If you heard there was this great company to work for where the leaders practiced an innovative management model that promoted fun at work, made sure that everyone's voice matters, encouraged teams to initiate innovation, and resulted in thousands of applications being received for every job opening, you might think we were talking about Google. You would probably be surprised to learn that we are actually describing one of the oldest legacy companies in America, Blue Cross Blue Shield of Nebraska.
Founded in 1939, the midwestern health insurer has a long history of traditional management. However, over the past decade, under the leadership of its current CEO, Steve Martin, Blue Cross Blue Shield of Nebraska has quietly become one of the few legacy companies that has successfully transitioned the fundamental dynamics of its management operating system from a top-down hierarchy to a peer-to-peer network. The Blue insurer accomplished this cultural transformation by taking the bold step of scaling the Agile practices of its IT division to the entire organization.
The Best-Kept Management Secret
Agile is an innovative management methodology that was the inspiration of 17 software developers who had gathered at Snowbird, Utah in early 2001 to uncover better ways to do their work and overcome the intrusive and unproductive constraints of traditional management practices. The result of their efforts was the crafting of the one-page Agile Manifesto and the birth of a management movement that, according to the business author Steve Denning, is "the best-kept management secret on the planet."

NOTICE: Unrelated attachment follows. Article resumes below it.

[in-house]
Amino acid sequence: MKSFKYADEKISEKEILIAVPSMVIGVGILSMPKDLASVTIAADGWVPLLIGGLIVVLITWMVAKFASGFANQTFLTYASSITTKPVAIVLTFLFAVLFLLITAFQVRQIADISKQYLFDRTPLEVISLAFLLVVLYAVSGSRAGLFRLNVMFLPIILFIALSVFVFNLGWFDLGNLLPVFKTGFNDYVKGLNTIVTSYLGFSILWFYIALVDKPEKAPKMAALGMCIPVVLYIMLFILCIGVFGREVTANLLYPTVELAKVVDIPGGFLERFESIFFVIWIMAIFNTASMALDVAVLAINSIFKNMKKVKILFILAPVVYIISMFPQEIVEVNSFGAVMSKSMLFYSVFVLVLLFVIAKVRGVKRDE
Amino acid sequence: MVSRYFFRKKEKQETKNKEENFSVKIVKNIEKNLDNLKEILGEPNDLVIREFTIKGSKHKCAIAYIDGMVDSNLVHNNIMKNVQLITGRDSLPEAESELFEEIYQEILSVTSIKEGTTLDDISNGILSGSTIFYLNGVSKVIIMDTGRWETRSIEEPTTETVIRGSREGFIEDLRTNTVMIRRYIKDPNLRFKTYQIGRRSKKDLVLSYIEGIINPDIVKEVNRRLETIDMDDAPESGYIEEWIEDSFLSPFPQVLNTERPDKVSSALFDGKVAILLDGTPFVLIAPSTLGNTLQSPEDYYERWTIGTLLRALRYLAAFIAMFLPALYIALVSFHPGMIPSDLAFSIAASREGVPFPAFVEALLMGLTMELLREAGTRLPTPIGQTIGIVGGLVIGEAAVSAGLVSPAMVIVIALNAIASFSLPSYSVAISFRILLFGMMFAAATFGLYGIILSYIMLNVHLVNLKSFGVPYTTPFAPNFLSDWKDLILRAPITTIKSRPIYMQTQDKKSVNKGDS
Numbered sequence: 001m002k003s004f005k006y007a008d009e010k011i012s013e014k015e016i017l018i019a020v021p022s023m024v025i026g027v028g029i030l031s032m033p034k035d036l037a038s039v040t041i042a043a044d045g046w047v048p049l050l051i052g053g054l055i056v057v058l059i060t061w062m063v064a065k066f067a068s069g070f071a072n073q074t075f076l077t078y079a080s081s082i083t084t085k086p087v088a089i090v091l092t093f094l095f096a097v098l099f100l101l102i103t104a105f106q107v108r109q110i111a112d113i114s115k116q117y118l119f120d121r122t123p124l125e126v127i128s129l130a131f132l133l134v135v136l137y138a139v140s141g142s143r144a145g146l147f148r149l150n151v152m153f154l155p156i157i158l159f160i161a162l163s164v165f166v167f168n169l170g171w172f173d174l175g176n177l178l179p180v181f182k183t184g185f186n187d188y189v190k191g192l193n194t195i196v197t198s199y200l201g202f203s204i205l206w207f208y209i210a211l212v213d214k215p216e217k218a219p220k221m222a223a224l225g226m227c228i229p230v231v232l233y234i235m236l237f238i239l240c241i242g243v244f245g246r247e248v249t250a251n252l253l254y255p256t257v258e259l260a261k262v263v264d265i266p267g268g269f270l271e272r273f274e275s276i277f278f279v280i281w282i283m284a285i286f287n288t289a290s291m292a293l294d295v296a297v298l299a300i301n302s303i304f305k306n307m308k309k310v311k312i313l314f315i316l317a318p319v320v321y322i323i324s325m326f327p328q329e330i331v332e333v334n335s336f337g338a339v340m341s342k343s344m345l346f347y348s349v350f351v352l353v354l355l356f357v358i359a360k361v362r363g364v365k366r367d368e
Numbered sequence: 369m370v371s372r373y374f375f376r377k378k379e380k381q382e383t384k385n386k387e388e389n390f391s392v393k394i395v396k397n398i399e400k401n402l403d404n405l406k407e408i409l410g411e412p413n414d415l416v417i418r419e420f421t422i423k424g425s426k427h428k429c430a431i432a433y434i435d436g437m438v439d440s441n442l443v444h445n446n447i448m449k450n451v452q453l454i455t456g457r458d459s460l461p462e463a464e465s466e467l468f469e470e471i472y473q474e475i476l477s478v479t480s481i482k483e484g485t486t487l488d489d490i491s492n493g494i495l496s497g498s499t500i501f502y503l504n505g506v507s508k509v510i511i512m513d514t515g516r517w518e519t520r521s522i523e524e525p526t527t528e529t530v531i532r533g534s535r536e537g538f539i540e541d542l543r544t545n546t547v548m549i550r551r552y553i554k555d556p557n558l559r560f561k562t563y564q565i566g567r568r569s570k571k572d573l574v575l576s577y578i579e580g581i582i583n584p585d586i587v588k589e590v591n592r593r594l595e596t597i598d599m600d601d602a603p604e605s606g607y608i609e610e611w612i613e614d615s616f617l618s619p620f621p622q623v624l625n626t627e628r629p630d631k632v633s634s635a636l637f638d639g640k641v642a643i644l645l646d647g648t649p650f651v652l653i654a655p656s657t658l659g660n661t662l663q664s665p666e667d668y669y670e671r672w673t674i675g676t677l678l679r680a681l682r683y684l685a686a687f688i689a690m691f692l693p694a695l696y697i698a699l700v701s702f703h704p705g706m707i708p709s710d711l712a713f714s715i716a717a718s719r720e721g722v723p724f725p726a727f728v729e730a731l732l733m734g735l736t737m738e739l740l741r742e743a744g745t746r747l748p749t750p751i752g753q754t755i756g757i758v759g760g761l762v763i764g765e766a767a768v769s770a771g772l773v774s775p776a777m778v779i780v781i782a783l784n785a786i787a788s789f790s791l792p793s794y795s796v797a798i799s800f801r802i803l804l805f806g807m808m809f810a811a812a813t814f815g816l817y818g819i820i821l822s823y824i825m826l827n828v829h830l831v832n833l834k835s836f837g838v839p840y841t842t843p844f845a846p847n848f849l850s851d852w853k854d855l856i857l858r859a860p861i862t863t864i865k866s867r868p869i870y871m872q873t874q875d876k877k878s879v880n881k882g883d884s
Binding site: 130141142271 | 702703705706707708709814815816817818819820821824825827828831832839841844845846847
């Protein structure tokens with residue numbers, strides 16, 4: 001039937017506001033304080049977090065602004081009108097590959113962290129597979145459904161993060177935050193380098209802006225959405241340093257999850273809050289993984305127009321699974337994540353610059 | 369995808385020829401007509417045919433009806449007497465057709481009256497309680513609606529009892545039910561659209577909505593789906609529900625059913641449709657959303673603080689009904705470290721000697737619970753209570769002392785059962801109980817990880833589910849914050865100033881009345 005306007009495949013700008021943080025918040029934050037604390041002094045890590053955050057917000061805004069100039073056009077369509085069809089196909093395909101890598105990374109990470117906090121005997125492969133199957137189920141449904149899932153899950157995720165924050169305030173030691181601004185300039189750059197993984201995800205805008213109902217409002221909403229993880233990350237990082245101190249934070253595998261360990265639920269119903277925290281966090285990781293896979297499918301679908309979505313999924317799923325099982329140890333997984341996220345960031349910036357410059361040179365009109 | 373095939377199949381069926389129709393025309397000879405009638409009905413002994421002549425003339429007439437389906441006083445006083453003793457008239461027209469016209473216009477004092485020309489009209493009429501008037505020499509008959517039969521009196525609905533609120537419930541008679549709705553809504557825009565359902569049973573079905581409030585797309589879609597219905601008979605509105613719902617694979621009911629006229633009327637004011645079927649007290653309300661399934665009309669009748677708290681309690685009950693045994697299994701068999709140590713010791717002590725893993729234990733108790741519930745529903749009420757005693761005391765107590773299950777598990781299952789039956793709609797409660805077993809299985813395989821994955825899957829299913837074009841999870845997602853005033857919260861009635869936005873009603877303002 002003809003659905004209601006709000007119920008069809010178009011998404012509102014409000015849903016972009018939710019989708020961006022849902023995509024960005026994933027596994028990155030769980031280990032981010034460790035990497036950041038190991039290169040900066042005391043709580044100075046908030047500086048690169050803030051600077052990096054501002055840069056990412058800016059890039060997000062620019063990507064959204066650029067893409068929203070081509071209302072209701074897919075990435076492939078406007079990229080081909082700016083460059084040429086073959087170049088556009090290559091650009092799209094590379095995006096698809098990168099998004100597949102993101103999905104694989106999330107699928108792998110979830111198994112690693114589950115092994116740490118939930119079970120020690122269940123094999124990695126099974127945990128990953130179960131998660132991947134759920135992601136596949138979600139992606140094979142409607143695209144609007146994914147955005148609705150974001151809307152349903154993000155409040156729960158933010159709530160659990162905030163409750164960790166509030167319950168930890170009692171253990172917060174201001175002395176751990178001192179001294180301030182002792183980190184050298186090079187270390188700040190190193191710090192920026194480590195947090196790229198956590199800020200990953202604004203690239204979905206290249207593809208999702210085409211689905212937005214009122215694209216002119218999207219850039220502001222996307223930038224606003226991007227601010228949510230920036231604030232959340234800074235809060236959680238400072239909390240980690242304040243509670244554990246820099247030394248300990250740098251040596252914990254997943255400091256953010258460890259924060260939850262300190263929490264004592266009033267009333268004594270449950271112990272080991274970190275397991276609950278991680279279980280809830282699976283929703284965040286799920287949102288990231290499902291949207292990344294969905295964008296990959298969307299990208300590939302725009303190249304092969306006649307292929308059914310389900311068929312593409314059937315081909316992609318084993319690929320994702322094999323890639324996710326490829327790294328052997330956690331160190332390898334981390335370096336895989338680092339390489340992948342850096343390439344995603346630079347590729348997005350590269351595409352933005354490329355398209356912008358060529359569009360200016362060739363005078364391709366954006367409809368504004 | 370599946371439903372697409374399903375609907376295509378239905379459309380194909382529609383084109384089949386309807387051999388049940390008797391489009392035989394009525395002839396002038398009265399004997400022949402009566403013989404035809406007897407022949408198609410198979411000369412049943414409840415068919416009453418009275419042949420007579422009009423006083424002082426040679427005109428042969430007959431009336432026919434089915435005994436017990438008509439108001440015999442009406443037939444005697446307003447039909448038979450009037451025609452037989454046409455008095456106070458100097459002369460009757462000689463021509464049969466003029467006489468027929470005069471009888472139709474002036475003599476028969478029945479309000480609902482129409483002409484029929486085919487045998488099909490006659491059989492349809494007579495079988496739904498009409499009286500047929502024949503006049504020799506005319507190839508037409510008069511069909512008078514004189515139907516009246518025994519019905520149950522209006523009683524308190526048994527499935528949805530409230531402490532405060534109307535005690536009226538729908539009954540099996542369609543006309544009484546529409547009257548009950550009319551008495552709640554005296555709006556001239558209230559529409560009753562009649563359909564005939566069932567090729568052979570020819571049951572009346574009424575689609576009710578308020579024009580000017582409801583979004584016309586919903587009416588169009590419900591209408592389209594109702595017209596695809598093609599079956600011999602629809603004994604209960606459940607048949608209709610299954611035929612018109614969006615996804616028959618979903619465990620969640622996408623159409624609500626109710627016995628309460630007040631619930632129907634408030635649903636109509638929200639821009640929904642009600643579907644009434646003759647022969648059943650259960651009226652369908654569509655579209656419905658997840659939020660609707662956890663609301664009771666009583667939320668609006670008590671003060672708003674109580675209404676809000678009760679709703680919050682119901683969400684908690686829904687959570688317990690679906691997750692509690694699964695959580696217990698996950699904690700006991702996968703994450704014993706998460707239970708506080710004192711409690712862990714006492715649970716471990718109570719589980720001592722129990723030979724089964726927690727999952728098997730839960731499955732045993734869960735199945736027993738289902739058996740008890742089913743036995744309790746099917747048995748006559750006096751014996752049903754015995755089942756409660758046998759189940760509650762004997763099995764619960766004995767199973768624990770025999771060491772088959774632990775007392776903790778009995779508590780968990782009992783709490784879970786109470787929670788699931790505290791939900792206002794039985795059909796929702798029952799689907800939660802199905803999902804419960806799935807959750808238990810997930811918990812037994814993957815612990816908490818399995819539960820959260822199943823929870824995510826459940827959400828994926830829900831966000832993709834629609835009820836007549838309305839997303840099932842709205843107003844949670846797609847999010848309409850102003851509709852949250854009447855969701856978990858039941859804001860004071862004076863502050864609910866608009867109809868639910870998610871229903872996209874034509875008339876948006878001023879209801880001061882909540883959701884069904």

Agile management methodologies call for doing work in in self-organized, cross-functional teams. These teams generally work in iterative three-week phases, which are called "sprints," with clear deliverables at the end of each phase. The interim deliverables are assessed in facilitated collaboration sessions and any needed changes are incorporated into the next sprint. Since it inception in 2001, this management movement has produced extraordinary results in the IT units of hundreds of companies around the globe under the labels Scrum, Agile, and Kanban.
Scaling Agile Beyond IT
Blue Cross Blue Shield of Nebraska's IT area embraced Agile as its basic software development discipline in 2008 when Susan Courtney, the insurer's CIO, brought it into the organization. The dramatic improvement in the ability to deliver complex IT projects consistently on time and significantly under budget caught the attention of Martin, who wondered what might happen if this new Agile methodology was scaled into the regular business units. Inspired by the opportunity to make a leap to extraordinary performance, the health insurer's leadership team began an effort to train their managers and staff in Agile tools and practices.
One of the first things the staff learned is that the essential building block of work is not the individual, but the team. This doesn't alleviate individual responsibility, but rather shifts the focus of responsibility from the performance of individual tasks to the performance of team contributions. Cameron Ludwig, the Vice President of Analytics and Data Strategy, explains this shift is important because, "Delivering customer value only happens when the whole team performs." Accordingly, people are accountable to all members on their teams, and everyone is expected to keep their commitments and to help other team members when needed.